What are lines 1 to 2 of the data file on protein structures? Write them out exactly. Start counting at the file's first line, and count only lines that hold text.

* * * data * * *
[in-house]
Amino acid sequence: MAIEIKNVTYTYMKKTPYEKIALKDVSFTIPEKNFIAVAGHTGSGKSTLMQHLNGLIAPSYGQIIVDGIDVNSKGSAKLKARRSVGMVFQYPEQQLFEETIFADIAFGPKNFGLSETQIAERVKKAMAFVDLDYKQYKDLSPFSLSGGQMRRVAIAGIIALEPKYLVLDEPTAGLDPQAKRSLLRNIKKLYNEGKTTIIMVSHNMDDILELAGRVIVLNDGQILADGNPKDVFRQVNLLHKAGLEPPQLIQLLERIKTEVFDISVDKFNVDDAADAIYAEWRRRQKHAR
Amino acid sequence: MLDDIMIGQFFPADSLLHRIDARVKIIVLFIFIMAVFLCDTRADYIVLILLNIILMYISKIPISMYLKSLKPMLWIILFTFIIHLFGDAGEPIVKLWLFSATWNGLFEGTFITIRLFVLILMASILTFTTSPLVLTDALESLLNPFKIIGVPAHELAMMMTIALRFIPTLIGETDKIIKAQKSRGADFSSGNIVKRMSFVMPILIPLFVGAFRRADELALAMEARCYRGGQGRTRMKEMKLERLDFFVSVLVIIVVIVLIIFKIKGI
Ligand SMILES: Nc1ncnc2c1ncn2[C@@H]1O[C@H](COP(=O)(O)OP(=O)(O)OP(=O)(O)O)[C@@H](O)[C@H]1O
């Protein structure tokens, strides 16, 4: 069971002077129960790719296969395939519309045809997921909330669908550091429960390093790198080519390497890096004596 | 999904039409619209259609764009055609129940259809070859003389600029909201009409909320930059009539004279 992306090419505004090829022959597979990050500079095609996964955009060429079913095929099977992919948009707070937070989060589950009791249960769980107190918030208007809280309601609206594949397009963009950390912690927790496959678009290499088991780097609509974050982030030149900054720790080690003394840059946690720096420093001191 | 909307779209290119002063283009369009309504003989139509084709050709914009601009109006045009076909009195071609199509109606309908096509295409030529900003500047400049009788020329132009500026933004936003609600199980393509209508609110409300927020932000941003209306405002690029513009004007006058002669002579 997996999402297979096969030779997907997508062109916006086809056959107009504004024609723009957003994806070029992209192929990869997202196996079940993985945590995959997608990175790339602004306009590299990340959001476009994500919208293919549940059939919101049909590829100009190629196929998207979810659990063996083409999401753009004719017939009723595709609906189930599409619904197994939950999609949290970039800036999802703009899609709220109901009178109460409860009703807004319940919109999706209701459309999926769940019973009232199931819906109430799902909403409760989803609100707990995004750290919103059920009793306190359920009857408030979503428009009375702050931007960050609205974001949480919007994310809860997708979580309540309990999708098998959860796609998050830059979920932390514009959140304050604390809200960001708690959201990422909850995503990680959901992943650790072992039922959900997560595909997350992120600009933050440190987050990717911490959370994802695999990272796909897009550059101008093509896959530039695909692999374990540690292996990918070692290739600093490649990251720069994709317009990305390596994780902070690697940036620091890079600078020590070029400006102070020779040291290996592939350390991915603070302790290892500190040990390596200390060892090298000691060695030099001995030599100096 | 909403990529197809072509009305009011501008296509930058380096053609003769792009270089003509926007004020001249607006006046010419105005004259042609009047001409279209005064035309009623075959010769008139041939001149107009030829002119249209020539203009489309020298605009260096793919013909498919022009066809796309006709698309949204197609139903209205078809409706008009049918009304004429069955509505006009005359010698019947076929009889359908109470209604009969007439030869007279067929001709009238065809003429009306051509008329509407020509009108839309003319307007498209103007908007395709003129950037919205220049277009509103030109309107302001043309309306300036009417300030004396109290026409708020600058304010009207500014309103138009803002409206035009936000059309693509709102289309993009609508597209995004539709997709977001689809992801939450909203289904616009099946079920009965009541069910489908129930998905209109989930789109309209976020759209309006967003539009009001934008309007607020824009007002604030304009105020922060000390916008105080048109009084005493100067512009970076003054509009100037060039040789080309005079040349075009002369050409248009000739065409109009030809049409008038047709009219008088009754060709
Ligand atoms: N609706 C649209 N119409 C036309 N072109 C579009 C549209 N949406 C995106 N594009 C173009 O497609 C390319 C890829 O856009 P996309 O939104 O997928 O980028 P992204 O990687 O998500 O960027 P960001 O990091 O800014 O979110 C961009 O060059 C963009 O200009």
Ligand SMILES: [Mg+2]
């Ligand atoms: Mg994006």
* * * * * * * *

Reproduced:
[in-house]
Amino acid sequence: MAIEIKNVTYTYMKKTPYEKIALKDVSFTIPEKNFIAVAGHTGSGKSTLMQHLNGLIAPSYGQIIVDGIDVNSKGSAKLKARRSVGMVFQYPEQQLFEETIFADIAFGPKNFGLSETQIAERVKKAMAFVDLDYKQYKDLSPFSLSGGQMRRVAIAGIIALEPKYLVLDEPTAGLDPQAKRSLLRNIKKLYNEGKTTIIMVSHNMDDILELAGRVIVLNDGQILADGNPKDVFRQVNLLHKAGLEPPQLIQLLERIKTEVFDISVDKFNVDDAADAIYAEWRRRQKHAR